ttc apology

TTC says they're sorry and will try to treat customers with dignity and respect

The TTC has finally apologized to the black man who was aggressively pinned down and detained by fare inspectors last year. He was only 19 at the time.

The incident sparked uproar back in February of 2018 after a graphic video of it went viral. 

The man involved, Reece Maxwell-Crawford, launched a lawsuit seeking damages of more than $3 million following the incident. His lawyers claimed he was the victim of unlawful detention, assault, battery, negligence, discrimination, harassment and racial profiling.

It's taken more than a year, but on Wednesday Maxwell-Crawford sat down with the CEO of the TTC, Rick Leary, to discuss a settlement reached in the lawsuit. 

Leary then released a public statement about the meeting. 

"Reece and I agreed that it's time to turn the page and start looking toward the future — a future in which the TTC is an organization that is committed to addressing bias and discrimination, both conscious and unconscious, and a future in which the TTC is a transit agency all of our customers can have faith that they are being treated fairly and with respect," he said. 

"When it comes to combatting anti-black racism and all forms of discrimination in both our operations and corporate culture, we can, should and must do better."

Toronto Ombudsman Susan Opler released a report two months ago outlining recommendations on how to address and prevent situations like this one.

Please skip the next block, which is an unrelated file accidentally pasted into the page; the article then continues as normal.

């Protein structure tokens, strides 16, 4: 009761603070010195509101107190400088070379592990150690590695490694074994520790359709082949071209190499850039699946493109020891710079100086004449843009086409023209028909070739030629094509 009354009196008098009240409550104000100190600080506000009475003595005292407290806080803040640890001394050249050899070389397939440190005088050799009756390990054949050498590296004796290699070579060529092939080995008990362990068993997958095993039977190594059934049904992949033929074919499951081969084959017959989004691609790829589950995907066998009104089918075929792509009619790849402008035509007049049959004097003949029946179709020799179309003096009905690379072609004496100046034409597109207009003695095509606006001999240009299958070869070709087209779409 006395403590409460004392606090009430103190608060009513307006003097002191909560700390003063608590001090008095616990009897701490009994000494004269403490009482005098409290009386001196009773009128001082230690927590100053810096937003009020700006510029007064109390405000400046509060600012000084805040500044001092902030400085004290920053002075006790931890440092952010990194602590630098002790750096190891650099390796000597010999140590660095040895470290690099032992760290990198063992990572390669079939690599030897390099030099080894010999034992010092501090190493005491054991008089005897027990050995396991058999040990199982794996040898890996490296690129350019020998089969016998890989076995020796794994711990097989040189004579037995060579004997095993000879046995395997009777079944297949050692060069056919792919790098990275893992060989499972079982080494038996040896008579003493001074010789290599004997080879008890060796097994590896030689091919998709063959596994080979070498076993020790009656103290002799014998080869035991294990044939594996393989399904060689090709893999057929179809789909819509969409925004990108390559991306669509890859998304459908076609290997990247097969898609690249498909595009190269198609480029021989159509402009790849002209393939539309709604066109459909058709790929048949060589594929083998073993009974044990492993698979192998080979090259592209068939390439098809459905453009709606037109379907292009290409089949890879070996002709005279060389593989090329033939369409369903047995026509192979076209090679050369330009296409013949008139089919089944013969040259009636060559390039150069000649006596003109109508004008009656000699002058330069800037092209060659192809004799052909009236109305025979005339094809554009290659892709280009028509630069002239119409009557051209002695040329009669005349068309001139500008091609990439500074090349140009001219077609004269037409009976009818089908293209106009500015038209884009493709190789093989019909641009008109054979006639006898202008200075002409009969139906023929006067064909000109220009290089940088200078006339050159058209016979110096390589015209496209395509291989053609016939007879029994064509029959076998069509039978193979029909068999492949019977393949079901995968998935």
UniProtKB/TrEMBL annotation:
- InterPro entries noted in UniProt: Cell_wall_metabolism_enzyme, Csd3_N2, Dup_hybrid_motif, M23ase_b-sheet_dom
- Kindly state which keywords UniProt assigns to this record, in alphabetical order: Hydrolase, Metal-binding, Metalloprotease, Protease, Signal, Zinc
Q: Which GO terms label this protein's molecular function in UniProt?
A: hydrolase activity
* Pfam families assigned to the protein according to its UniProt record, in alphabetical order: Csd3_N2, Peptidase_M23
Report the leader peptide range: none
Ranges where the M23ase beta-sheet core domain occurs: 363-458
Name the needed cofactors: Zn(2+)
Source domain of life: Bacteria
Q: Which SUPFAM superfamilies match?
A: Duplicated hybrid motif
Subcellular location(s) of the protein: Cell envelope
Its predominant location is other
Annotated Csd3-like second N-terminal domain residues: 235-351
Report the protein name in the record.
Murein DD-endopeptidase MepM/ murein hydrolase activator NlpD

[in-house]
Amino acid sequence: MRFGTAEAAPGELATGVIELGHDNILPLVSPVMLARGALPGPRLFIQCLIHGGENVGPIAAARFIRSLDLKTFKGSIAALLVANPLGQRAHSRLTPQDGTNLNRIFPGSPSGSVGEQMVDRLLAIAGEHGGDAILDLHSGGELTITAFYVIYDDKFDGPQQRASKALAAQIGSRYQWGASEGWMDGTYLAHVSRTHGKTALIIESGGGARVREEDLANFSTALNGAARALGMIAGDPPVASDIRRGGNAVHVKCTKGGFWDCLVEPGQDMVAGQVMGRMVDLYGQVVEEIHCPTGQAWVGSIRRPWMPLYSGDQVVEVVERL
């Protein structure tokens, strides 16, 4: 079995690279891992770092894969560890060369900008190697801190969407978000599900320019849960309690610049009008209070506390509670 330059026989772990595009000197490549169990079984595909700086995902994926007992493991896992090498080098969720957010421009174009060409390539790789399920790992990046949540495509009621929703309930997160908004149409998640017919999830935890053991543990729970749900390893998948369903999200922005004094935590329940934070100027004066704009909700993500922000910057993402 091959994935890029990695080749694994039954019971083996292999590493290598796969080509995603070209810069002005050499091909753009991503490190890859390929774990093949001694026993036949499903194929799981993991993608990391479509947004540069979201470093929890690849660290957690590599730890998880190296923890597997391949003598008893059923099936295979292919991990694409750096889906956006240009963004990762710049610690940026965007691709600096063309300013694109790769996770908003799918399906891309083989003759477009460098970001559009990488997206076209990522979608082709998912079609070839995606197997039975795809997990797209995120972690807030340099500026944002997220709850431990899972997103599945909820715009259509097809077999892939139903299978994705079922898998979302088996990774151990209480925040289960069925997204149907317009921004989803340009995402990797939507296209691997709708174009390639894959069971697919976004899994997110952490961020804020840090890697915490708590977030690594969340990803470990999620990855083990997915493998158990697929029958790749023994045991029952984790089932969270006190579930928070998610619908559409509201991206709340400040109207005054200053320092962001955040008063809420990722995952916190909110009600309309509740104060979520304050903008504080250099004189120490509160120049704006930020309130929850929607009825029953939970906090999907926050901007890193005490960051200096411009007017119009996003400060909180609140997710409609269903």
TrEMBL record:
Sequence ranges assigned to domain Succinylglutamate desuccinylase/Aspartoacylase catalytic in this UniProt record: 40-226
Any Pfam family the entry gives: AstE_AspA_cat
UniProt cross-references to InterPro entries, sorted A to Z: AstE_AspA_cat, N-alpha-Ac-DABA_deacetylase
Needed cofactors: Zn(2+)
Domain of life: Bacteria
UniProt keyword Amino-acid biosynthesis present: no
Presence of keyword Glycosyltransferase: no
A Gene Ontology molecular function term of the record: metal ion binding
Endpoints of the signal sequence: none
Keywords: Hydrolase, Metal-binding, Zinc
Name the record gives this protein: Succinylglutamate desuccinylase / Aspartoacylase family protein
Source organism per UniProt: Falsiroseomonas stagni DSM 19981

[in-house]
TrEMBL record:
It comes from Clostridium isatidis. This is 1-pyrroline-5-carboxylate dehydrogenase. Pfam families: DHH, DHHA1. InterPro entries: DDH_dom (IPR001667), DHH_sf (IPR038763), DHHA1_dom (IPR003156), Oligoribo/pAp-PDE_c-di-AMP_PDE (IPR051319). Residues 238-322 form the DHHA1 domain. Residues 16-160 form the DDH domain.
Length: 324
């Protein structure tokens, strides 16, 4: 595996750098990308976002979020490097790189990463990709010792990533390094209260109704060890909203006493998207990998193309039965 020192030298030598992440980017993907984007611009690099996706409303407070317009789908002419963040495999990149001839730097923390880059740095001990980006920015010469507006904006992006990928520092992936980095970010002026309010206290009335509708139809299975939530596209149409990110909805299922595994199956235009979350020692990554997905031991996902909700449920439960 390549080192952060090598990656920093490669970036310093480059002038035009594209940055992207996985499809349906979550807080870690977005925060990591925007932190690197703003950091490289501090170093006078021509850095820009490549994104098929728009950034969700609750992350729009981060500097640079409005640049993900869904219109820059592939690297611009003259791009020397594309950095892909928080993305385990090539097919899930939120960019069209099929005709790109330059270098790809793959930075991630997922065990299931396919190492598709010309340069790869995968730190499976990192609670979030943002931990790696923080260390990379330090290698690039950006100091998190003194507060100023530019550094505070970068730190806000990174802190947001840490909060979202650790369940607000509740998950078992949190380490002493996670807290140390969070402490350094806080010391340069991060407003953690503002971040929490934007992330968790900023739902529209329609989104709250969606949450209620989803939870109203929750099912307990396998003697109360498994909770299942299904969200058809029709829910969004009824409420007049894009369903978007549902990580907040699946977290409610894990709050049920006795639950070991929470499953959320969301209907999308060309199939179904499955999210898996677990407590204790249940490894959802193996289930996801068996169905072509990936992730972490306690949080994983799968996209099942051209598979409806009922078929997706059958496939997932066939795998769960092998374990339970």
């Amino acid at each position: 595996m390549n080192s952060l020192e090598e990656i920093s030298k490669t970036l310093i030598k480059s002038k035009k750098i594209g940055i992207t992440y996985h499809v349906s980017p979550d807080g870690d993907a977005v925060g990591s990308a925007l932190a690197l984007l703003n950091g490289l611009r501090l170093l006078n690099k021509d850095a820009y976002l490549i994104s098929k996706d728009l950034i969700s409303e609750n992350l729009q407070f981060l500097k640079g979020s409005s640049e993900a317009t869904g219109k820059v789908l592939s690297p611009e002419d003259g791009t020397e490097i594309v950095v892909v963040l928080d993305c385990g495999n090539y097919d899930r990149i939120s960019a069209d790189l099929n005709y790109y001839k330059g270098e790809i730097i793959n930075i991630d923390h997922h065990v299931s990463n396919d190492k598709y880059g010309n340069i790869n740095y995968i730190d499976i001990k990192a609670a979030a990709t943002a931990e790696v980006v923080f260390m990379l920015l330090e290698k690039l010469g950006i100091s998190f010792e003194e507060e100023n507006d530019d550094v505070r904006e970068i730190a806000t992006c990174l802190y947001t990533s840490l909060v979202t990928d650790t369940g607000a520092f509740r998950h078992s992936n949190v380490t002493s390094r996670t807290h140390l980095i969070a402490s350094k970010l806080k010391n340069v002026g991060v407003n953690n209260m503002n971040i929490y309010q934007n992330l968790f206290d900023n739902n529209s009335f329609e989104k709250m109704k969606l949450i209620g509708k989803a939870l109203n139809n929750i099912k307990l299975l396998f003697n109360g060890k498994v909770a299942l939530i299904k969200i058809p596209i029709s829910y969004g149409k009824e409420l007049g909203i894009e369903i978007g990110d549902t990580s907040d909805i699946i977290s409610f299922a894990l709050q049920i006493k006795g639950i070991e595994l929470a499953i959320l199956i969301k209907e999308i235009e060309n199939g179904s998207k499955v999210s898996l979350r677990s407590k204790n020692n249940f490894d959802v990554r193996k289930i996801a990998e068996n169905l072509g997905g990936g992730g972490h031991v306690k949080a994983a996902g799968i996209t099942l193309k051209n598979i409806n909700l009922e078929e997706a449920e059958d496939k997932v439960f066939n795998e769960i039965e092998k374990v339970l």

It found that the TTC had failed to analyze evidence that showed racism — whether it be intentional or not — was a factor in the inspectors' actions.

Leary said the report has since been updated, and the TTC has accepted her recommendations. 

"Steps being taken include modernizing and mandating training around bias and racial profiling, changing how we investigate discrimination-based complaints against employees, and working with Toronto's Combatting Anti-Black Racism Unit to develop a new framework for race-based data collection," he said. 

He added that he wants the TTC to be a leader in this area. 

"I am heartened to hear about the TTC's commitment to implementing the Toronto ombudsman's report and engaging in a system-wide anti-racism strategy aimed directly at preventing racial profiling," Maxwell-Crawford wrote in a statement. 

He also said he's glad he can finally put the incident in the past. 

"We must address these concerns to restore public trust and confidence across all aspects of the TTC's operations," Leary said. 

"It is my firm commitment to all Torontonians to do better and to improve relations between the TTC and this city's black, and racialized communities."

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